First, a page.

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Former homeless man
PHOTO/JEFF ROBINSON

By Lenette Evans

Many years ago Martin Luther King, Jr., the civil rights leader, once said, “I have a dream.”

He was one of the best men that ever lived in this country, a man of God who had a vision and was bold enough to stand up, and step out in faith for what he truly believed in. He made a difference to people in his community and around the world.
 
He said: "I HAVE A DREAM... that one day Black girls and boys will join hands with white boys and girls, sisters, and brothers.....I HAVE A DREAM.....to one day live in a nation where they will not be judged by the color of their skin, but by their character."
 
In 1964, when Martin Luther King, Jr. was awarded the Nobel Peace Prize, he said, "I accept this award today with an abiding faith in America and an audacious faith in the future of mankind....I believe that unarmed truth and unconditional love will have the final word in reality.”
 
Dr. Martin Luther King's legacy was the acceleration of civil liberties for all Americans but especially for the Black and the poor. He fought against RACISM in our country and believed in peace and love for us the way Jesus Christ loved us.
 
In his life he was arrested thirty times for his involvement in civil rights activities and spent time in prison. He spoke truth and justice for all and came against what the enemy has done in America.
 
My Birthday was on January 15th, just as Dr. Martin Luther King Jr.'s was. It was an honor. I am proud to also know I go to First Assembly Of God Church, in St. Joseph, Michigan, which is a multi-cultured church that has love and deep compassion for ALL people.
 
Let’s stand up people and get rid of the SPIRIT of RACISM that has saturated and blinded us in our communities and let’s be Christ-like and love one another and make positive community change.

Lenette Evans
269-876-1848
SavingSouls1@yahoo.com



By Sandy Perry

All of us who labor in homeless ministries know first-hand the individual stories of those who battle homelessness. What we frequently do not see, because the corporate media deliberately hides it, are the systemic causes and the economic and political decisions that create homelessness in the first place.

Since 1978, the Federal HUD housing budget has been cut by 65% -- a total of 54 billion in constant dollars. America as a result has a shortage of five million extremely low-income housing units today.

Mass homelessness as we know it did not even exist in America from the end of the Great Depression through the late 1970s. It is not an act of God, not an eternal condition, and not a mystery. It is a calculated, evil, bipartisan government policy based on the fact that the capitalist system, with its labor replacing technology, no longer needs workers and therefore will not provide for their welfare. It is time for people to rise up.

The individual suffering of the homeless is cruel and unnecessary, but it need not be in vain. The homeless, formerly homeless, unemployed, and all their supporters can pool together our individual moral struggles and strengths. We can inspire and help build a social and political movement to create a system that abolishes homelessness, poverty, and unemployment forever.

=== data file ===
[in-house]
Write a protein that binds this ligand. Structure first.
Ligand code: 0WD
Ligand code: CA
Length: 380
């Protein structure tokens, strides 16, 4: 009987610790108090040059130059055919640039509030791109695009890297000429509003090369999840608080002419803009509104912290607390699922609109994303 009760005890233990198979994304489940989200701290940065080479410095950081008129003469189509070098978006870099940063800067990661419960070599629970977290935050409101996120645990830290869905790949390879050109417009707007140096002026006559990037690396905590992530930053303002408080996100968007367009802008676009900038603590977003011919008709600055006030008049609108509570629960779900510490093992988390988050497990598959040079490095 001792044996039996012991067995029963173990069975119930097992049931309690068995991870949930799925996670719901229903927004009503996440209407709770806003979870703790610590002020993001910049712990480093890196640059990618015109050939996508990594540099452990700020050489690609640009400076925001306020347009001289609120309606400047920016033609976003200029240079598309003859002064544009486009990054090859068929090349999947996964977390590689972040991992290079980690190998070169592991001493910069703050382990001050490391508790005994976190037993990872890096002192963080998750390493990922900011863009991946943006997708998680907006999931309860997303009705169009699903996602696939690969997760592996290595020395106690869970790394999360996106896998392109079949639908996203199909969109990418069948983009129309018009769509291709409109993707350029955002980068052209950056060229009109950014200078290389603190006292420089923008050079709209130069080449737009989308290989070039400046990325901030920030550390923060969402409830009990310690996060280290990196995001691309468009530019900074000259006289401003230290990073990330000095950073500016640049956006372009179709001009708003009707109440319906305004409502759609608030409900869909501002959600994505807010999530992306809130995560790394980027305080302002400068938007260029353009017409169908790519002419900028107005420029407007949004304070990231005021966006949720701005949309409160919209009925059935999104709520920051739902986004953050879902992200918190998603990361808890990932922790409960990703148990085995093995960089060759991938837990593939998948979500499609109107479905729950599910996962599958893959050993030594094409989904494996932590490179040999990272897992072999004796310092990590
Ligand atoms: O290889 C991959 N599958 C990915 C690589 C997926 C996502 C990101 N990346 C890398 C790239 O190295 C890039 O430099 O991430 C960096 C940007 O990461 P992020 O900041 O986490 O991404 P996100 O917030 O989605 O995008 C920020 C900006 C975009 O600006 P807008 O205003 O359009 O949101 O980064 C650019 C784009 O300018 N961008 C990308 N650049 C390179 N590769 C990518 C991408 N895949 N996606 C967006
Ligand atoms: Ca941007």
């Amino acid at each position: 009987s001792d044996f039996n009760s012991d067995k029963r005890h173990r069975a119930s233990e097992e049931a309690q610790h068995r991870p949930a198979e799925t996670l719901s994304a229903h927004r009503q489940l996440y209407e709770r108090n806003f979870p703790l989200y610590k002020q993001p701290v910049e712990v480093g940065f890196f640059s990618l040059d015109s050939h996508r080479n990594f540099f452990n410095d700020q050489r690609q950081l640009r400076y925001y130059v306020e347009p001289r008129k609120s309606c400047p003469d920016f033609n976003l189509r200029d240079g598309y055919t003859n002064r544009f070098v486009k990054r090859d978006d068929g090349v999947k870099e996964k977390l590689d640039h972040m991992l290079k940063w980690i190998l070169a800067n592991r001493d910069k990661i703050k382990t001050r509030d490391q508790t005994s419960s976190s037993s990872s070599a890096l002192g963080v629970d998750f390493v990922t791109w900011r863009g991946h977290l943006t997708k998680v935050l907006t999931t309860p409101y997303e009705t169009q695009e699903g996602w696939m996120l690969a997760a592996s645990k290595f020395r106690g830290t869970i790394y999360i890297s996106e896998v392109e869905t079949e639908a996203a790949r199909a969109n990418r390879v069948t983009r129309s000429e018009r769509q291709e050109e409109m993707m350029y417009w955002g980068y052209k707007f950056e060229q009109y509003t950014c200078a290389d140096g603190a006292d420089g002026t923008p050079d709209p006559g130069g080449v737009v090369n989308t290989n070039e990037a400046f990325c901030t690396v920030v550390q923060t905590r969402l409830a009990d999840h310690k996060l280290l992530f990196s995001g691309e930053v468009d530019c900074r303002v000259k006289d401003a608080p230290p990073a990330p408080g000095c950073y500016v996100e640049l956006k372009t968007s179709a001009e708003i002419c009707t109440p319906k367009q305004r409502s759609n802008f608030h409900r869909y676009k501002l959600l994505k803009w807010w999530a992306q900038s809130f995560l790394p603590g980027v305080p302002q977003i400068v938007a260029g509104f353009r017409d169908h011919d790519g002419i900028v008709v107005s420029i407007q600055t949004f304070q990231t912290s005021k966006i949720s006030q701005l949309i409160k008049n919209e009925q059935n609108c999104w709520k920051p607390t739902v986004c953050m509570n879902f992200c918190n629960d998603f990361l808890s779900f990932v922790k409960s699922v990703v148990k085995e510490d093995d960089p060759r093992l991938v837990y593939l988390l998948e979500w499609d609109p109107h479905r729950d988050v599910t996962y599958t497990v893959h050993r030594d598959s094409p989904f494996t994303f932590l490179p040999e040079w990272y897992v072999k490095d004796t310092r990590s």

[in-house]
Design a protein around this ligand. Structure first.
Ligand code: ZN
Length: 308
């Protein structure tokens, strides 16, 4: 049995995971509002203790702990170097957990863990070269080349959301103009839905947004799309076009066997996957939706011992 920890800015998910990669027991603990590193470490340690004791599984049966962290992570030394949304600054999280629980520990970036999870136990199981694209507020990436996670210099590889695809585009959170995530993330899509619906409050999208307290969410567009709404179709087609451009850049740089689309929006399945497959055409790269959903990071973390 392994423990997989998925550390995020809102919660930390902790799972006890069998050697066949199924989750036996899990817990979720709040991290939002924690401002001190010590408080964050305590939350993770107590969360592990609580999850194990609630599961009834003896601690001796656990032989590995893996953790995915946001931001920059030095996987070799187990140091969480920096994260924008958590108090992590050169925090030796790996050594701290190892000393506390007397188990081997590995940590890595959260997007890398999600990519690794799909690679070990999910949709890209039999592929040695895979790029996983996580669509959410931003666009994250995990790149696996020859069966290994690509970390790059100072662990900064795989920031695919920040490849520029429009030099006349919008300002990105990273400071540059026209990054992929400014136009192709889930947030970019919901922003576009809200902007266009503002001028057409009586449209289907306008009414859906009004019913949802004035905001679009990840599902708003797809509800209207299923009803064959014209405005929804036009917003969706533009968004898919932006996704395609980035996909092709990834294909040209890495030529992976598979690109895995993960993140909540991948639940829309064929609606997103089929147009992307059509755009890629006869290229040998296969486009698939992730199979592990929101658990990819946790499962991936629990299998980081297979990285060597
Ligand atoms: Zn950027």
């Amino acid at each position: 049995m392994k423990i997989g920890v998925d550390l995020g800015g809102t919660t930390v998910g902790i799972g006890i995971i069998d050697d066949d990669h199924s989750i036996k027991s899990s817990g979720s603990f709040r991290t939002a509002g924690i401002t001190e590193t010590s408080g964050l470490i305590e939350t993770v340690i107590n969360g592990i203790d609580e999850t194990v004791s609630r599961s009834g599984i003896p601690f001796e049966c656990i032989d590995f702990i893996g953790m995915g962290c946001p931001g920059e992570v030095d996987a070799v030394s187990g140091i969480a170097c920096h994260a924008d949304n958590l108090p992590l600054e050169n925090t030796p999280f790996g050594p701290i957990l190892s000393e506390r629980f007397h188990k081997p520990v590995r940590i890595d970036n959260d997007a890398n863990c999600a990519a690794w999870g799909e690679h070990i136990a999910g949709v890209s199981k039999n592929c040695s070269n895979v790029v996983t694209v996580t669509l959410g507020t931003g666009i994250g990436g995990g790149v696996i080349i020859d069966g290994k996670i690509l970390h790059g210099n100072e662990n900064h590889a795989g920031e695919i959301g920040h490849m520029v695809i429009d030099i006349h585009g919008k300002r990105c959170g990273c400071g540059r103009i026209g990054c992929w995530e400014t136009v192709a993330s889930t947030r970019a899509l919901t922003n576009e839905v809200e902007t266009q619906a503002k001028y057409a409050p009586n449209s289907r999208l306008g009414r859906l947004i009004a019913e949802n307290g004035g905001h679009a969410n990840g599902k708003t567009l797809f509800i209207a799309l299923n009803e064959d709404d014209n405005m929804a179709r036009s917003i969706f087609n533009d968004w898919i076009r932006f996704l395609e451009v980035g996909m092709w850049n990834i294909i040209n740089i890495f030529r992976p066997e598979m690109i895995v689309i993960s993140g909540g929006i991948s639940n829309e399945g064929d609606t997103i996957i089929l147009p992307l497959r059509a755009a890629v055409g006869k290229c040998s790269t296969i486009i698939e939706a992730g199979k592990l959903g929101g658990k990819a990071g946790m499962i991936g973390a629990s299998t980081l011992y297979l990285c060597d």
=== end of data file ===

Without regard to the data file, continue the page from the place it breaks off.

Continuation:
The Bible says there should be no poor among us, because God has blessed us with such a rich land and resources. The only question is whether we the people will obey his commands and fight for a system that distributes our wealth equitably.




Affrordable housing
Sharon Jasper speaking at the rally in front of
the St. Bernand housing development
PHOTO/TED QUANT
By Ted Quant

Former residents and activists rallied in front of the St. Bernard Public Housing development in New Orleans on February 16 to continue the fight to stop Columbia Residential's demolition and redevelopment plans. Sharon Jasper, a former resident, condemned the corruption and political games being played with people's lives. Residents have a proposal that offers more housing, more jobs and savings than the Columbia proposal The Columbia proposal is a sweetheart deal because Columbia owes HUD Secretary Alfonse Jackson $250,000 to $500,000. Carlton, a homeless worker who lives under the Interstate 10 overpass, said, "Give us one of these buildings and the materials and there are enough skilled homeless workers to renovate these ourselves. There is plenty work to be done and we can do it." Speakers also condemned the mayor for declaring he would begin enforcing the city's "public habitation" ordinance — a law where homeless people will face arrest simply because they are living in the only affordable place: the city’s public rights of way. Given the dire shortage of New Orleans low-income housing, this law all but guarantees that thousands of people will be jailed for the "crime" of not having enough money for housing. Justice demands that people join together to stop the City's plan to criminalize New Orleans’ homeless and to fight for more public and affordable housing now.



This article originated in the People's Tribune
PO Box 3524, Chicago, IL 60654, 773-486-3551, info@peoplestribune.org.
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